“Successfully working from home is a skill, just like programming, designing or writing. It takes time and commitment to develop that skill, and the traditional office culture doesn’t give us any reason to do that.” – Alex Turnbull, Founder and CEO of Groove
I started working from home a little over two years ago.
As a highly social and team-oriented individual, I questioned how successful (and ultimately how happy) I’d be sitting in my home office alone during any given 40-hour work week. But two years in, I’m still very happy with the choice.
Many organizations condition us to believe that success is only achievable in an office environment where ideas and engagement theoretically thrive. While there is some truth to that, success in business today is not contingent upon geographic location as technology continues to reshape traditional brick-and-mortar offices designed to make communication effortless.
The coronavirus has forced much of society to make adjustments to their everyday routines. Education is now being done exclusively online, grocery shopping too, and many employees now find themselves in unfamiliar territory – navigating the waters of working from home.
While no one knows for sure just how long quarantining will last, all of these adjustments to our routine will undoubtedly change the way in which we do things in the future as we all experience what’s truly possible and even effectual.
I’d like to share some of what I’ve learned by working from home, hoping it helps you adjust to these unprecedented circumstances.
Establish a routine from the start and stick to it
Where most people go wrong working from home is by not having an established routine they adhere to religiously. For me, I wake up the same time every morning, Monday through Friday, readying myself as if I were truly heading into the office, only I’m typically wearing sweat pants and a sweatshirt. Since my office headquarters is two hours ahead of my time zone, I like to start early so we’re always on the same work schedule, which limits any inconveniences to my colleagues. It’s also important to maintain a scheduled lunch hour and even a few breaks here and there for stretching and rejuvenating – much as you would in an actual office environment.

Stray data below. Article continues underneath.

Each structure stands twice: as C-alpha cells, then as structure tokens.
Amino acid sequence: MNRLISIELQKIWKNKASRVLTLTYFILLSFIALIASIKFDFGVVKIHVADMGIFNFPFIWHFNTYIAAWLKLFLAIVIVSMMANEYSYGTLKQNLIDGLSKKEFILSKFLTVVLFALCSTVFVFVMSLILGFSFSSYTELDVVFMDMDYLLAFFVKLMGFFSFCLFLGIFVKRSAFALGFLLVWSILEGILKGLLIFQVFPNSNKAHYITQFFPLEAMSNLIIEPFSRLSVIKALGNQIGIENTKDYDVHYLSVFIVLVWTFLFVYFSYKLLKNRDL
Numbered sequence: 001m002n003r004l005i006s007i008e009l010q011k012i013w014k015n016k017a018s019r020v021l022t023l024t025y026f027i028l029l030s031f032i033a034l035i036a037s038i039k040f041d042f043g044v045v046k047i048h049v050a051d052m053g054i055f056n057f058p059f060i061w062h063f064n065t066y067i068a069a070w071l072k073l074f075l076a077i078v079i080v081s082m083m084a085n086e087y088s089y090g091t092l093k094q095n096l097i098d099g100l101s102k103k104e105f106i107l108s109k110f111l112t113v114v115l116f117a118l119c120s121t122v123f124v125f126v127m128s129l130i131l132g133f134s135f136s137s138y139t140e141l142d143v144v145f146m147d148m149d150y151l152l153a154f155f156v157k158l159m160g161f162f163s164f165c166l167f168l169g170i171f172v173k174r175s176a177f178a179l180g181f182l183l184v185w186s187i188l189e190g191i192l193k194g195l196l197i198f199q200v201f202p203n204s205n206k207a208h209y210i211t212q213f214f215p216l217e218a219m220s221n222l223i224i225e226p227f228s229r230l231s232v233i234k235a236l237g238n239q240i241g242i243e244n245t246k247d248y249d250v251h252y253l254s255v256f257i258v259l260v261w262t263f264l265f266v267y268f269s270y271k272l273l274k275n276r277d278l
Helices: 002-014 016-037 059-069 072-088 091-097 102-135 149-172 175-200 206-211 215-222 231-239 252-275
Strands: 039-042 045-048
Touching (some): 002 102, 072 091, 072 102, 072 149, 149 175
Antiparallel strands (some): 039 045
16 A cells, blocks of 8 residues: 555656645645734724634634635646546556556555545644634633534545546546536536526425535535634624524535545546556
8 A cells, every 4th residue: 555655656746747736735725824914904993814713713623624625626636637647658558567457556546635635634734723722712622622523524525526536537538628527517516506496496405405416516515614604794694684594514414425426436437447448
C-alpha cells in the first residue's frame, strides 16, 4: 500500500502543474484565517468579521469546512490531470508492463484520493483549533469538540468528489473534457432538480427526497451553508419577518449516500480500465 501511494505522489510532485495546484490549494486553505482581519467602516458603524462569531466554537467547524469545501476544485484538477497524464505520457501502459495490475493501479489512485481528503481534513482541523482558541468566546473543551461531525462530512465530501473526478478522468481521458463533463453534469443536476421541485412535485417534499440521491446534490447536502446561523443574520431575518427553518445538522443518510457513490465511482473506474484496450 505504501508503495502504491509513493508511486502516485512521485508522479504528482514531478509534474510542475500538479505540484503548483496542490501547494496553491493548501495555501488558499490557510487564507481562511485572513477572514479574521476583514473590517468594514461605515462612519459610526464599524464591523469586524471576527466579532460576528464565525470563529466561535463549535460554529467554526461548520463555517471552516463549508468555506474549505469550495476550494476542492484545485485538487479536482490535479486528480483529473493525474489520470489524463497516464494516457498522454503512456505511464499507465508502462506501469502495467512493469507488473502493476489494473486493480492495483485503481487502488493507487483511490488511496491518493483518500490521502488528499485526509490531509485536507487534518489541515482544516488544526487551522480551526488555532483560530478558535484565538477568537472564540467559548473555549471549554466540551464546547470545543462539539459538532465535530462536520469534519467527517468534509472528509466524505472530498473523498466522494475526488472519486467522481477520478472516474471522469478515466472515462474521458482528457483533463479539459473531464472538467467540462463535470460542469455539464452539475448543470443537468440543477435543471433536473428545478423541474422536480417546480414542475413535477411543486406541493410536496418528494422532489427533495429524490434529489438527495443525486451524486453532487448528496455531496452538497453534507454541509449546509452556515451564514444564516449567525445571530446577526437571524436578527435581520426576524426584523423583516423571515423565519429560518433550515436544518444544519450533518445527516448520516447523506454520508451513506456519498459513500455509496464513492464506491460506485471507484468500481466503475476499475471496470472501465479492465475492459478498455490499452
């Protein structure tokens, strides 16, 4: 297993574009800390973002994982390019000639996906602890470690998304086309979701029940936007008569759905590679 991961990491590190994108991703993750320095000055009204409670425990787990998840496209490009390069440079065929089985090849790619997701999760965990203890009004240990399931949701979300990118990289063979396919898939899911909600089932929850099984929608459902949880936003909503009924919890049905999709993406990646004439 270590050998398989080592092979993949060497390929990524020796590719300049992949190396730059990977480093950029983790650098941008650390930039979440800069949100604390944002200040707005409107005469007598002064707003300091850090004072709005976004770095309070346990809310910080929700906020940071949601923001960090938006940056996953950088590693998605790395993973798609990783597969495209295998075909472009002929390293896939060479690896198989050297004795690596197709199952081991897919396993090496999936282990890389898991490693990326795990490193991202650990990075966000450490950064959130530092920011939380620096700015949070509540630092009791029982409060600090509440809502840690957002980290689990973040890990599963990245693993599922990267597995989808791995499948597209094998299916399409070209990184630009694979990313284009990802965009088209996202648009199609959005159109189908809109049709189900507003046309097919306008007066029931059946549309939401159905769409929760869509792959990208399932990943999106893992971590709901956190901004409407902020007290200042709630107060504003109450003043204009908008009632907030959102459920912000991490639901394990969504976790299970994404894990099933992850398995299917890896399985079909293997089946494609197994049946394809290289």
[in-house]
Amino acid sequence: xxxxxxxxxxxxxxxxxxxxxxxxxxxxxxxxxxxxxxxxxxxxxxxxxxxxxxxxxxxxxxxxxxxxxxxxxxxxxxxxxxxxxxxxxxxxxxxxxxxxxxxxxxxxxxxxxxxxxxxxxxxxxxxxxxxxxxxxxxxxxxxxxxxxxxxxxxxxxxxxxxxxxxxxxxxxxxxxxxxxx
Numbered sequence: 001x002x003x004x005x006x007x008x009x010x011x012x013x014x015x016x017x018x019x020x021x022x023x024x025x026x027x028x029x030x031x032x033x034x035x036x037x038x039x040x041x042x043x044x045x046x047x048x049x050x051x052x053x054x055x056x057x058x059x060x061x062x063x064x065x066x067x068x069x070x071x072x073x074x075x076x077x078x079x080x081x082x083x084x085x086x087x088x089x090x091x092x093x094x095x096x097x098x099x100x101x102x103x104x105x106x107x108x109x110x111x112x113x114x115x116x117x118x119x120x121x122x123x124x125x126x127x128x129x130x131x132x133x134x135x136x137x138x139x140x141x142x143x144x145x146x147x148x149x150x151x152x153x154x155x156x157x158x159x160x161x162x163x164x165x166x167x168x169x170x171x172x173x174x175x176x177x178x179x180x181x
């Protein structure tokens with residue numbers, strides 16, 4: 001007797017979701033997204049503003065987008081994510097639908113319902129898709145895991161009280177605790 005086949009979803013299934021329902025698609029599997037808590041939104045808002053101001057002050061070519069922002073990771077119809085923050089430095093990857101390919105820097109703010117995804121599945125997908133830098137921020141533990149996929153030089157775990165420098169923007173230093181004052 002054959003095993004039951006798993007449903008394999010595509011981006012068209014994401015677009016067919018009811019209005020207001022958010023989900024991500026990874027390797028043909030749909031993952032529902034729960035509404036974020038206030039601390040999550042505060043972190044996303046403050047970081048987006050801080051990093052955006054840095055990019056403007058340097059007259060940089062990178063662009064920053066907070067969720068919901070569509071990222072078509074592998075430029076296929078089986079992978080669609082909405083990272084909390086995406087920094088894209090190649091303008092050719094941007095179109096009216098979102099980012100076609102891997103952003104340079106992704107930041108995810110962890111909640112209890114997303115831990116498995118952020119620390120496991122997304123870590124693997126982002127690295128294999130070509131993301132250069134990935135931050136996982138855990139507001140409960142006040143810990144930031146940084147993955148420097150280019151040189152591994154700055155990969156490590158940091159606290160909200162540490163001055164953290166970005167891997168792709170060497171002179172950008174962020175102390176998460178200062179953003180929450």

Create a dedicated work space
Another key for any successful working from home situation is creating a dedicated work space. Perhaps it’s a home office, spare bedroom or basement with a desk or a table. Wherever it might be, it should be a static location in which you can organize your files, notes, books, equipment – whatever you need to accomplish your job – without having to pack it all up and reorganize it all the next morning. This alone will help you establish a routine, while also allowing you to separate your work space from your living space at the end of the day.
Make sure you get out of the house
Living and working in the same space without so much as a change of scenery can be emotionally and even physically debilitating. Part of establishing a routine for your workday should include time away from your home. While I know this isn’t fully possible with quarantining, we’re still able to get outside and go for a walk around the block at lunchtime or after your day is through. Maybe you grab a cup of coffee at your local beanery, run a few errands to help out your spouse or just sit out on the front porch enjoying nature, decompressing and reconnecting with yourself, while refocusing your mind.
Scott Mautz, a former executive at Procter & Gamble and business writer says, “When you stop and you look at the data available to us, in almost two thirds of the cases, every leader that granted the work from home option has found productivity has increased by as much as 50%.”
While it may take a little getting used to for some traditionalists, you just might find that working from home is more beneficial (for everyone) than you imagined.